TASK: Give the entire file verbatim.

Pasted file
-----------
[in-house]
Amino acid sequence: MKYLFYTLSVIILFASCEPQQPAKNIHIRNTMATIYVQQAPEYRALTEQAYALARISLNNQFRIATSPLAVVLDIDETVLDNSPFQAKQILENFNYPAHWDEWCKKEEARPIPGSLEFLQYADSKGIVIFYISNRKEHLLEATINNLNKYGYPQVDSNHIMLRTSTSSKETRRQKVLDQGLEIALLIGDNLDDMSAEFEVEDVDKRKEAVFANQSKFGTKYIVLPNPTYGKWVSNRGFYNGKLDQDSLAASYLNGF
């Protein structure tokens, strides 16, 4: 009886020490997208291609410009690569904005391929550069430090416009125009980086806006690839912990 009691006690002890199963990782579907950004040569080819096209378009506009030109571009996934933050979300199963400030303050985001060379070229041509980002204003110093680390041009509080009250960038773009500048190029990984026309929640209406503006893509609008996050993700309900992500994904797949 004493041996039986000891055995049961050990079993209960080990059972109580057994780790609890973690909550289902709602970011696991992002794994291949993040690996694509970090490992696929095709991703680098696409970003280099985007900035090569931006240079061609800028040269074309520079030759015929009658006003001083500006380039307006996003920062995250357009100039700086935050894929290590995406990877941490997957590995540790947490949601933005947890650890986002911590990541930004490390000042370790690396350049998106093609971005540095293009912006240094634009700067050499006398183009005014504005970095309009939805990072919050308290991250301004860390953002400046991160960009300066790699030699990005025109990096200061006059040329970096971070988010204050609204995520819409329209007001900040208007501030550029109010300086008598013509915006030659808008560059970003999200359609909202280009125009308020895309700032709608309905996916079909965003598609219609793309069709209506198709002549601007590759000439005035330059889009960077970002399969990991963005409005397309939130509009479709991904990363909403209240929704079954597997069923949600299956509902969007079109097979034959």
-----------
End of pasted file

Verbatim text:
[in-house]
Amino acid sequence: MKYLFYTLSVIILFASCEPQQPAKNIHIRNTMATIYVQQAPEYRALTEQAYALARISLNNQFRIATSPLAVVLDIDETVLDNSPFQAKQILENFNYPAHWDEWCKKEEARPIPGSLEFLQYADSKGIVIFYISNRKEHLLEATINNLNKYGYPQVDSNHIMLRTSTSSKETRRQKVLDQGLEIALLIGDNLDDMSAEFEVEDVDKRKEAVFANQSKFGTKYIVLPNPTYGKWVSNRGFYNGKLDQDSLAASYLNGF
């Protein structure tokens, strides 16, 4: 009886020490997208291609410009690569904005391929550069430090416009125009980086806006690839912990 009691006690002890199963990782579907950004040569080819096209378009506009030109571009996934933050979300199963400030303050985001060379070229041509980002204003110093680390041009509080009250960038773009500048190029990984026309929640209406503006893509609008996050993700309900992500994904797949 004493041996039986000891055995049961050990079993209960080990059972109580057994780790609890973690909550289902709602970011696991992002794994291949993040690996694509970090490992696929095709991703680098696409970003280099985007900035090569931006240079061609800028040269074309520079030759015929009658006003001083500006380039307006996003920062995250357009100039700086935050894929290590995406990877941490997957590995540790947490949601933005947890650890986002911590990541930004490390000042370790690396350049998106093609971005540095293009912006240094634009700067050499006398183009005014504005970095309009939805990072919050308290991250301004860390953002400046991160960009300066790699030699990005025109990096200061006059040329970096971070988010204050609204995520819409329209007001900040208007501030550029109010300086008598013509915006030659808008560059970003999200359609909202280009125009308020895309700032709608309905996916079909965003598609219609793309069709209506198709002549601007590759000439005035330059889009960077970002399969990991963005409005397309939130509009479709991904990363909403209240929704079954597997069923949600299956509902969007079109097979034959």